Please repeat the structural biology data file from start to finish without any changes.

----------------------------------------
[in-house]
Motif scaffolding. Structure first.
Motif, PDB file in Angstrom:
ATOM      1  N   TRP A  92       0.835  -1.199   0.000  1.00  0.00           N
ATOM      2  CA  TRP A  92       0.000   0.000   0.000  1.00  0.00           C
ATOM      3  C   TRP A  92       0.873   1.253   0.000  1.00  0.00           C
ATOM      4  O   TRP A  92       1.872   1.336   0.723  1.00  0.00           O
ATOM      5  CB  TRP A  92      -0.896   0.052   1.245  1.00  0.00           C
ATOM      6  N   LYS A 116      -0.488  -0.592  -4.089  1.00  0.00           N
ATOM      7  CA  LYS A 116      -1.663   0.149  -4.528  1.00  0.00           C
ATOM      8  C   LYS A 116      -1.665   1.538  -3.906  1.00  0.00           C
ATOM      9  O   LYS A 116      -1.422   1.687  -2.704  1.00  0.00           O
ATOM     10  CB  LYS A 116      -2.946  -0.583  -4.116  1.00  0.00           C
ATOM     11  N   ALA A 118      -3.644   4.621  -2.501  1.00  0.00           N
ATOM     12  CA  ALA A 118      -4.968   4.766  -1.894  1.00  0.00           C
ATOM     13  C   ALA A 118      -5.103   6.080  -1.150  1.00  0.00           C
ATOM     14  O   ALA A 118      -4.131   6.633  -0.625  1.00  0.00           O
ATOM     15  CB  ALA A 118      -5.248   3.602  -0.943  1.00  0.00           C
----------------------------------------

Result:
[in-house]
Motif scaffolding. Structure first.
Motif, PDB file in Angstrom:
ATOM      1  N   TRP A  92       0.835  -1.199   0.000  1.00  0.00           N
ATOM      2  CA  TRP A  92       0.000   0.000   0.000  1.00  0.00           C
ATOM      3  C   TRP A  92       0.873   1.253   0.000  1.00  0.00           C
ATOM      4  O   TRP A  92       1.872   1.336   0.723  1.00  0.00           O
ATOM      5  CB  TRP A  92      -0.896   0.052   1.245  1.00  0.00           C
ATOM      6  N   LYS A 116      -0.488  -0.592  -4.089  1.00  0.00           N
ATOM      7  CA  LYS A 116      -1.663   0.149  -4.528  1.00  0.00           C
ATOM      8  C   LYS A 116      -1.665   1.538  -3.906  1.00  0.00           C
ATOM      9  O   LYS A 116      -1.422   1.687  -2.704  1.00  0.00           O
ATOM     10  CB  LYS A 116      -2.946  -0.583  -4.116  1.00  0.00           C
ATOM     11  N   ALA A 118      -3.644   4.621  -2.501  1.00  0.00           N
ATOM     12  CA  ALA A 118      -4.968   4.766  -1.894  1.00  0.00           C
ATOM     13  C   ALA A 118      -5.103   6.080  -1.150  1.00  0.00           C
ATOM     14  O   ALA A 118      -4.131   6.633  -0.625  1.00  0.00           O
ATOM     15  CB  ALA A 118      -5.248   3.602  -0.943  1.00  0.00           C